Tanorexia is a new form of addiction
Tanorexia is the definition of an obsessive desire to acquire and maintain a suntan by natural or artificial method. Since the early 1920’s at home tanning devices were introduced to treat various ailments and are still used as a cure for certain forms of psoriasis and dermatitis. Eighty years later the first tanning salon was opened in the US and according to the last figures, despite the health warning on the dangers of UVR exposure, there are still more than 9000 salons serving about 30 million customers each year. This continuous exposure to a well-known cancer-causing agent suggests there is a mechanism of addiction in place and indeed tanners report well known signals linked to abuse behaviours such as: mood enhancement, relaxation and socialization; like smoking or heavy drinking, obsessive tanning can be perceived as image-enhancing and is difficult to quit.
Dermatologists suspected for years that tanning might be so popular because UV light causes addiction and recent studies support this conclusion. UV light causes endorphins production, feel-good chemicals that relieve pain and generate feelings of well-being, potentially leading to dependency. During a randomized study, frequent tanners were able to distinguish between otherwise identical UV and non-UV light-emitting tanning beds as they perceived their relaxing effects. Obsessive tanners suffer physical dependency till to craving and withdrawal. When treated with naltrexone, a drug that blocks the endorphins production while tanning, they had withdrawal symptoms i.e. nausea and jitteriness.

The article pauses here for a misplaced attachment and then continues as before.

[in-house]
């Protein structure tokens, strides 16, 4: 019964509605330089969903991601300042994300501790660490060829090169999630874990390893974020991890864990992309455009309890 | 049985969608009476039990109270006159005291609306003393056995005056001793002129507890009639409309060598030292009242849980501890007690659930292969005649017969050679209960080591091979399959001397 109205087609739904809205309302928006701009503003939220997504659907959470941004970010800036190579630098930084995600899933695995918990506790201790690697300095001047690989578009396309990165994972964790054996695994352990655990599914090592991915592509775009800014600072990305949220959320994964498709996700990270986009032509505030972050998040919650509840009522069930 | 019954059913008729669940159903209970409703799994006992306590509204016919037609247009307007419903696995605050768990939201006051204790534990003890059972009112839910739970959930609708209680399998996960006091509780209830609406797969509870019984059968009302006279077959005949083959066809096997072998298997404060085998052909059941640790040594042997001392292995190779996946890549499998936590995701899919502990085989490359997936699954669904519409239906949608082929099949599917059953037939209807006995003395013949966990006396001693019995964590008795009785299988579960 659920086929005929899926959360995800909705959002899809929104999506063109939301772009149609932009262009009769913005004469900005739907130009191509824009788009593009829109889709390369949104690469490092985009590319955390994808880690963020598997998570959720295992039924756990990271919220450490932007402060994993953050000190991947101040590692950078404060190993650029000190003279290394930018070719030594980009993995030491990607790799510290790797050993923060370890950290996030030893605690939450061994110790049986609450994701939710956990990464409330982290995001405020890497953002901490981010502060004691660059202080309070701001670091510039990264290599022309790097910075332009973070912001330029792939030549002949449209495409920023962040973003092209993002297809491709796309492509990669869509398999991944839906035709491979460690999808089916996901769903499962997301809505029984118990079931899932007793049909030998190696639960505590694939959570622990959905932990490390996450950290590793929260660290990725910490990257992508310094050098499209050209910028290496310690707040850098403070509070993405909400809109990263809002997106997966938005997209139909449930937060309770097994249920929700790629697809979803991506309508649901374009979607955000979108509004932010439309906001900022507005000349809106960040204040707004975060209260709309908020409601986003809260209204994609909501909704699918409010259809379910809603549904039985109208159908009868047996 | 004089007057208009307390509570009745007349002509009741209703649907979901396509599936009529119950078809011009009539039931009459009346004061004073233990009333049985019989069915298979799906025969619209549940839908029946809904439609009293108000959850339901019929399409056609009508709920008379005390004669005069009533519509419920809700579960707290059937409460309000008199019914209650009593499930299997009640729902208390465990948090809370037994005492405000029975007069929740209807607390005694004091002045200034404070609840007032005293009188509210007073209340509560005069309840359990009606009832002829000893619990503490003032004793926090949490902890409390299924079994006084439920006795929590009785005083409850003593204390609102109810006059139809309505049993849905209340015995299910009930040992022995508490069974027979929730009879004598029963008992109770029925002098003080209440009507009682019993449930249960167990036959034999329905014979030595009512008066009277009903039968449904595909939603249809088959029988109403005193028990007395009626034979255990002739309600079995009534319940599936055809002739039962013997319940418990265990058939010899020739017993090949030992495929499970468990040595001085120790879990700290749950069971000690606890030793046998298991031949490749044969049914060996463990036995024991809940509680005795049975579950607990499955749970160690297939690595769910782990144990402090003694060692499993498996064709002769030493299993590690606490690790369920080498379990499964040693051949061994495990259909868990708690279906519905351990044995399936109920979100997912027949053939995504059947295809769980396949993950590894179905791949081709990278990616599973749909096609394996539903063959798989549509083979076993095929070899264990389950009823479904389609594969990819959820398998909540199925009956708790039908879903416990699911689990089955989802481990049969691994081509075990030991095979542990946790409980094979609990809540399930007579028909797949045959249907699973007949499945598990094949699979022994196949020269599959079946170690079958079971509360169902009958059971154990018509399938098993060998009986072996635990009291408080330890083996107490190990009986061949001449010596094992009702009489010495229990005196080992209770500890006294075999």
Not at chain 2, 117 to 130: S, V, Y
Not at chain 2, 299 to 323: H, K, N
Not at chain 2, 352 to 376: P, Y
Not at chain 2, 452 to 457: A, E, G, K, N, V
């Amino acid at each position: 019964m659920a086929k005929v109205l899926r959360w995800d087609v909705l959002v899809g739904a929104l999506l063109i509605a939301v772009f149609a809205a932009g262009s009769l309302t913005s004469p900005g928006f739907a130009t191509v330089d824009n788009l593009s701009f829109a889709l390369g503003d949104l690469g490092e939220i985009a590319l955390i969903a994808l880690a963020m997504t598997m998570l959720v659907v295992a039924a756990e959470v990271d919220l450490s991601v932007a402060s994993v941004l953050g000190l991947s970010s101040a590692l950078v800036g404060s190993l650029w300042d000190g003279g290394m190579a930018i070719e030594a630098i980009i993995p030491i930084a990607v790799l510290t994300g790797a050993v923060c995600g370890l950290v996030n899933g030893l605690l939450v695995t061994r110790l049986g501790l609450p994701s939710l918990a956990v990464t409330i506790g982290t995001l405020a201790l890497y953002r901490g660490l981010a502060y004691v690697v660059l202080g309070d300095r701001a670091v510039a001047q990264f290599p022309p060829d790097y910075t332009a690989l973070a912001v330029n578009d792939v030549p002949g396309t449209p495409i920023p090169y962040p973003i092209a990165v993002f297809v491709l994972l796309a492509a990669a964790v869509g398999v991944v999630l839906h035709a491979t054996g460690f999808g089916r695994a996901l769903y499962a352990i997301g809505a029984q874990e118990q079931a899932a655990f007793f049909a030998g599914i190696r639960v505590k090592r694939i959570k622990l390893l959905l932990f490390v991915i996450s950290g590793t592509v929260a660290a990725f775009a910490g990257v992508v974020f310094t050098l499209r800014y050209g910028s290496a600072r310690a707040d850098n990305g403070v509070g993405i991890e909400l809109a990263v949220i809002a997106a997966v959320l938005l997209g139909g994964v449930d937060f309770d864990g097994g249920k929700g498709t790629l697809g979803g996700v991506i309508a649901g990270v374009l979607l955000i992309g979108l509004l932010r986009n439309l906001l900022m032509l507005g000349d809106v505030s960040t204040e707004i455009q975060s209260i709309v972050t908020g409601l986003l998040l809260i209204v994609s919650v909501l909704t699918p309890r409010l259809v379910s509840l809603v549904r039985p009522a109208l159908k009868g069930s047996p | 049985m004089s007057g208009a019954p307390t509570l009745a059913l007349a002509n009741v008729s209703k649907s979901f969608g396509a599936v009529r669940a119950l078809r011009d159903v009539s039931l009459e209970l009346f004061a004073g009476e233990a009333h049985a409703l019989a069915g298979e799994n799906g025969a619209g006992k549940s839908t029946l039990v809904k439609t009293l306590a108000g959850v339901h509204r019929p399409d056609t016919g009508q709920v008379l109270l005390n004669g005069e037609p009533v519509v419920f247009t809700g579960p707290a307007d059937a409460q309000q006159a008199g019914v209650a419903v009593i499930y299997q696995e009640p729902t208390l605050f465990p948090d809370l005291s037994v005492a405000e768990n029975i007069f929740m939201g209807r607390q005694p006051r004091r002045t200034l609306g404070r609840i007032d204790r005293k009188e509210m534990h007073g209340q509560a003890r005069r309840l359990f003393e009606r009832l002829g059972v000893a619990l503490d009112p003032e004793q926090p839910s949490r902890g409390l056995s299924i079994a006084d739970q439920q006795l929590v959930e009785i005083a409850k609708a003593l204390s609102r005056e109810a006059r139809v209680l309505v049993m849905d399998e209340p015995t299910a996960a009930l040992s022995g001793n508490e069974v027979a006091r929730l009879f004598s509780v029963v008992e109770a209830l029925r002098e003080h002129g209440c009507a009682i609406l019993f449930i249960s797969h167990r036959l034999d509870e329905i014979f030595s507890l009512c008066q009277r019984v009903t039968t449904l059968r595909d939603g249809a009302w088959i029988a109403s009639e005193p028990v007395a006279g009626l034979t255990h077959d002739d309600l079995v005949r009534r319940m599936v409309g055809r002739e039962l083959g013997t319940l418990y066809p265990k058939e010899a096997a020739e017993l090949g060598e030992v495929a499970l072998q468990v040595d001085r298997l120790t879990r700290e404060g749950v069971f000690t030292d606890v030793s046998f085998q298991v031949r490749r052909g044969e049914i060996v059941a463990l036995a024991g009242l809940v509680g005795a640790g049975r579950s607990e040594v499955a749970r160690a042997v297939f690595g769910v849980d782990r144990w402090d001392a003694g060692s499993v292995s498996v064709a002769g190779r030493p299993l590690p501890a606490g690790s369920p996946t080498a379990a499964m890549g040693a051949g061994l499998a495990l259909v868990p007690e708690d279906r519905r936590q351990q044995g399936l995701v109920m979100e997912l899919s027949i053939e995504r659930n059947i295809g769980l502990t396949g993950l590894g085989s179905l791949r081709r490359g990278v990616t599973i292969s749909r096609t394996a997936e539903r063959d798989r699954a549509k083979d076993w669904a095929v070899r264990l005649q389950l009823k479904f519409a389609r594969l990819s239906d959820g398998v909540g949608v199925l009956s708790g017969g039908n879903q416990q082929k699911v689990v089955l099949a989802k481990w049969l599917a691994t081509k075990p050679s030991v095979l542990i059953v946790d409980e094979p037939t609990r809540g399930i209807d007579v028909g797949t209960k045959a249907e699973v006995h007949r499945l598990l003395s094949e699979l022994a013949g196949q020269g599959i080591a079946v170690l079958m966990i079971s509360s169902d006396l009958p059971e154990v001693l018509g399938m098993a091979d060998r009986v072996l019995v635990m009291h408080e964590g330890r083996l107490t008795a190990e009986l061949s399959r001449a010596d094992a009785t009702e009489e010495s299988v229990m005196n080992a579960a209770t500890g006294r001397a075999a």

Some studies suggest that women may be more prone to develop the disorder; smokers have a greater likelihood of developing addiction than do non-smokers. Obese people are less at risk than those who are underweight or normal weight. Individuals suffering some mental illnesses (such as obsessive-compulsive disorder) are more inclined to developing tanorexia than the general population and the ones who started using tanning beds as teenagers or even younger are at high risk of abuse.
As many other addictions tanorexia has serious side effects, photoaging causing wrinkles and leathery skin and primarily a dangerous increase in the risk of melanoma, the deadliest form of skin cancer.
Preventing the addiction is easier than struggling its effect and therefore it is important to appreciate the psychological mechanisms driving the abuse. Most of the people suffering are convinced it enhanced their appearance and attitude, ultimately making them feel better and more energetic.
Spray Tans: There are a lot of options that make easy to get a bronzed glow in a healthy way.
Workout: a sweat session can give the endorphin production offering the same feel good sensation of a tanning session.
Healthy habits: a healthy lifestyle that combines exercise, eating well and drinking plenty of water make feel dynamic and energetic.
Tanning beds ban for young people is key to protect teenagers from the risk of developing a dangerous addiction.
Digital therapeutics form an independent category of evidence-based products within the broader digital health landscape, and are distinct from pure-play adherence, diagnostic, and telehealth products.
Photodynamic therapy (PDT) is a relatively young therapeutic modality that holds much promise for the treatment of illnesses characterized by the excessive proliferation of either host cells (i.e. neoplasms) or pathogens.
Vitamin D is important for bone and muscle health, hers deficiency can cause serious complications such as osteomalacia, rickets, hypo-calcaemic seizures and cardiac problems.